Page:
The Diary Keepers: World War II in the Netherlands, as Written by the People Who Lived Through It

21,000+ Reviews has the highest-rated customer service of any bookstore in the world
Product Details
$32.50  $30.23
Ecco Press
Publish Date
5.9 X 9.1 X 1.9 inches | 1.54 pounds

Earn by promoting books

Earn money by sharing your favorite books through our Affiliate program.

Become an affiliate
About the Author

Nina Siegal received her MFA in fiction from the Iowa Writers' Workshop and was a Fulbright Scholar. She has written for the Wall Street Journal and the New York Times, among other publications. She lives in Amsterdam.


"This diverse and enlightening collection of excerpts from journals kept during the Nazi occupation of the Netherlands is an essential contribution to the history of WWII. Drawing from an archive of more than 2,100 wartime diaries . . . [Siegal] contextualizes her primary sources with exhaustive research and analysis of contemporaneous records. . . . [A] vivid portrait of the Nazi occupation as it unfolded, providing a wider lens than many Holocaust histories. . . . [A] treasure trove of firsthand perspectives." -- Publishers Weekly (starred review)

"A beautiful, poignant book about the darkest period in modern Dutch history...This book gives a powerful voice to forgotten witnesses." -- David de Jong, author of Nazi Billionaires

"Nina Siegal has accomplished a remarkable feat. She has given us a day-by-day narrative of the Holocaust in the Netherlands by splicing together excerpts from a few of the hundreds of diaries stored in an Amsterdam archive...With thoughtful and insightful observations of her own, Siegal helps us understand how 75 percent of the 140,000 Jews of Holland, a prosperous and cultivated Western European country, could have been murdered, posing a warning for our own deeply fractured country." -- Joseph Berger, author of Elie Wiesel: Confronting the Silence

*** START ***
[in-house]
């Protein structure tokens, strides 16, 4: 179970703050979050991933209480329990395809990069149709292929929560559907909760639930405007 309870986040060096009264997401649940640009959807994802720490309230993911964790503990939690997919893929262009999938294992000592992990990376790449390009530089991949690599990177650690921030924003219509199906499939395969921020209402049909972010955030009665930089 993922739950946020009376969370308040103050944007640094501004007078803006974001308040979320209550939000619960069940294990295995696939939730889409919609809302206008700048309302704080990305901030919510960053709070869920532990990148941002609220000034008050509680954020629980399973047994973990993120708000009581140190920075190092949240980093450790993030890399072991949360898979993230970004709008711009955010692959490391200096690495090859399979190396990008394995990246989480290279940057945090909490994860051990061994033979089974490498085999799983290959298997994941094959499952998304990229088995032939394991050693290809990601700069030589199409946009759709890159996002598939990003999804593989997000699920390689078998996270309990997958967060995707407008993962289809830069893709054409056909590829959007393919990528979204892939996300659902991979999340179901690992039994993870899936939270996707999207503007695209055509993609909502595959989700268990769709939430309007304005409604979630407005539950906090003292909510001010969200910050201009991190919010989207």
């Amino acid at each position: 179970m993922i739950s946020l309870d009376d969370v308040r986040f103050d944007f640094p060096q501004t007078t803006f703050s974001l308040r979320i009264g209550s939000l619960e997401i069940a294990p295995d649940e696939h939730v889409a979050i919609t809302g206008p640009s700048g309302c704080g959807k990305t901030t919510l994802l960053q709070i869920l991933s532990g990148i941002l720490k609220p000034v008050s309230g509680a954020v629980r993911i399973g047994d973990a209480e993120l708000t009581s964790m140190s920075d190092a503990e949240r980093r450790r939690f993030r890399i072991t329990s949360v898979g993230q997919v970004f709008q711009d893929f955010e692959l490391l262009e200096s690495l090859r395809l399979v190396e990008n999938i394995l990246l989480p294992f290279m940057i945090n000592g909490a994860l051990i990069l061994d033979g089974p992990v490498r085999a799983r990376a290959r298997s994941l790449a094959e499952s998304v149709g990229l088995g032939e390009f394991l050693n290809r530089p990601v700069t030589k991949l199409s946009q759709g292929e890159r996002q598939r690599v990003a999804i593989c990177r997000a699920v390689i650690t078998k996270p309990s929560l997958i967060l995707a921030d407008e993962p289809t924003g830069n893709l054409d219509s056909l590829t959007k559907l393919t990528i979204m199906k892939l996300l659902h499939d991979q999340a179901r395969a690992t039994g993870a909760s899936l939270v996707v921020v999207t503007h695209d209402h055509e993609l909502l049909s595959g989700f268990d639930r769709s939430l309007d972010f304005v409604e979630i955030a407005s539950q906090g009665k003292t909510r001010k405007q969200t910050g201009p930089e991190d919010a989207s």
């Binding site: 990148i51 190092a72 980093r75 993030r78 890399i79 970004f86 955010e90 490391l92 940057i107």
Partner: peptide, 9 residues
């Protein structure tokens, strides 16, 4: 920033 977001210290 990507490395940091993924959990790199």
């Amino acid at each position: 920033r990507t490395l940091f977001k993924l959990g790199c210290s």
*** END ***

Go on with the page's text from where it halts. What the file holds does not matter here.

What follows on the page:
"The Diary Keepers is an astonishing, essential book that asks us to bear witness to an unbear-able history, even as it invites us to think hard about what history is--how it gets written, and what stories it tells. This book is powerfully moving and necessarily terrifying. By way of rigorous research and intimate storytelling, Nina Siegal brings us close to her diary keepers--making it impossible to turn away from the difficult, necessary questions their lives raise about survival, suffering, complicity, and memory." -- Leslie Jamison, author of The Empathy Exams

"Like an archaeologist excavating an ancient temple, Nina Siegal has dug up hundreds of stories of life under the unprecedented horror of Nazism, revealing the changing thoughts and shifting moods of heroes, villains, and victims. Until now, we only had a black-and-white image of these lives. Now, thanks to Siegal, we see them in living color." -- Benjamin Moser, Pulitzer Prize-winning author of Sontag

"This moving and masterful book tells the history of those fateful war years, and their aftermath, in a wonderfully intimate way." -- Margot Livesey, author of The Boy in the Field

"A work of orchestral power, moving among voices. I was riveted." -- Patricia Hampl, author of The Art of a Wasted Day

"The history of the Dutch Jews is one of the most disturbing of the Holocaust, but we must engage with it, and The Diary Keepers helps us do just that." -- Telegraph (UK)

"A compelling look at the story of World War II and the Holocaust told through the diaries of Dutch citizens in firsthand accounts of ordinary people living through extraordinary times." -- Brooklyn Digest

"The Diary Keepers is an important addition to WWII and Holocaust studies. It reveals, through the words of the people who were there, how any one of us might respond to unprecedented calamity. And its coda is the unsettling reminder that nobody knows the ultimate ending to their story until it comes." -- Washington Independent Review of Books

"Siegal intersperses artfully selected and translated excerpts from nine of those diaries with interludes in which she explores larger ideas they raise, allowing the diarists to speak in their own voices while offering the necessary background to place them in context." -- Washington Post